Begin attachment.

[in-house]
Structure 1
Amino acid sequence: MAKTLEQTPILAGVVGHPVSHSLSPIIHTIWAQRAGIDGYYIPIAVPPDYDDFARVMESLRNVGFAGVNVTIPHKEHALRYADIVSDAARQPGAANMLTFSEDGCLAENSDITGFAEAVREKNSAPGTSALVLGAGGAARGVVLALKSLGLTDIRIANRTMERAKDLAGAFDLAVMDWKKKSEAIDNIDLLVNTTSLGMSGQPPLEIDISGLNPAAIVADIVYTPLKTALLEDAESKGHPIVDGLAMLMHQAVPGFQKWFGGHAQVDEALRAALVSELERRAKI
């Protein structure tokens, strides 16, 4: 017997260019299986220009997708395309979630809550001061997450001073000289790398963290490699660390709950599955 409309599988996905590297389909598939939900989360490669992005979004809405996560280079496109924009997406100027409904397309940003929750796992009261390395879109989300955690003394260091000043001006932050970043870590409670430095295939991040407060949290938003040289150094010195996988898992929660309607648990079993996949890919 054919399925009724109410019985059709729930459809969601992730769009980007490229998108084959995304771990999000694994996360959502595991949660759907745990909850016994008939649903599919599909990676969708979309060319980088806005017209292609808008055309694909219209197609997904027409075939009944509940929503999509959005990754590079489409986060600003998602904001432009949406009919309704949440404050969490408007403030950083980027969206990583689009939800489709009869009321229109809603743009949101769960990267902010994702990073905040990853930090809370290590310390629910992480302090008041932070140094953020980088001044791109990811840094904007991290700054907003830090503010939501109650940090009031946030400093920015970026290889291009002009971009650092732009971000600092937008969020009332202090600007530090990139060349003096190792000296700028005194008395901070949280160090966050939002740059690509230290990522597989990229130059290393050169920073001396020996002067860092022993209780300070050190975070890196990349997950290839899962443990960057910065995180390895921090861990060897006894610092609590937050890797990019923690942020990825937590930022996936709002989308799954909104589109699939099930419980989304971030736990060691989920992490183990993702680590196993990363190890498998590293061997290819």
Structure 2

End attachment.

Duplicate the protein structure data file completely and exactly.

[in-house]
Structure 1
Amino acid sequence: MAKTLEQTPILAGVVGHPVSHSLSPIIHTIWAQRAGIDGYYIPIAVPPDYDDFARVMESLRNVGFAGVNVTIPHKEHALRYADIVSDAARQPGAANMLTFSEDGCLAENSDITGFAEAVREKNSAPGTSALVLGAGGAARGVVLALKSLGLTDIRIANRTMERAKDLAGAFDLAVMDWKKKSEAIDNIDLLVNTTSLGMSGQPPLEIDISGLNPAAIVADIVYTPLKTALLEDAESKGHPIVDGLAMLMHQAVPGFQKWFGGHAQVDEALRAALVSELERRAKI
């Protein structure tokens, strides 16, 4: 017997260019299986220009997708395309979630809550001061997450001073000289790398963290490699660390709950599955 409309599988996905590297389909598939939900989360490669992005979004809405996560280079496109924009997406100027409904397309940003929750796992009261390395879109989300955690003394260091000043001006932050970043870590409670430095295939991040407060949290938003040289150094010195996988898992929660309607648990079993996949890919 054919399925009724109410019985059709729930459809969601992730769009980007490229998108084959995304771990999000694994996360959502595991949660759907745990909850016994008939649903599919599909990676969708979309060319980088806005017209292609808008055309694909219209197609997904027409075939009944509940929503999509959005990754590079489409986060600003998602904001432009949406009919309704949440404050969490408007403030950083980027969206990583689009939800489709009869009321229109809603743009949101769960990267902010994702990073905040990853930090809370290590310390629910992480302090008041932070140094953020980088001044791109990811840094904007991290700054907003830090503010939501109650940090009031946030400093920015970026290889291009002009971009650092732009971000600092937008969020009332202090600007530090990139060349003096190792000296700028005194008395901070949280160090966050939002740059690509230290990522597989990229130059290393050169920073001396020996002067860092022993209780300070050190975070890196990349997950290839899962443990960057910065995180390895921090861990060897006894610092609590937050890797990019923690942020990825937590930022996936709002989308799954909104589109699939099930419980989304971030736990060691989920992490183990993702680590196993990363190890498998590293061997290819």
Structure 2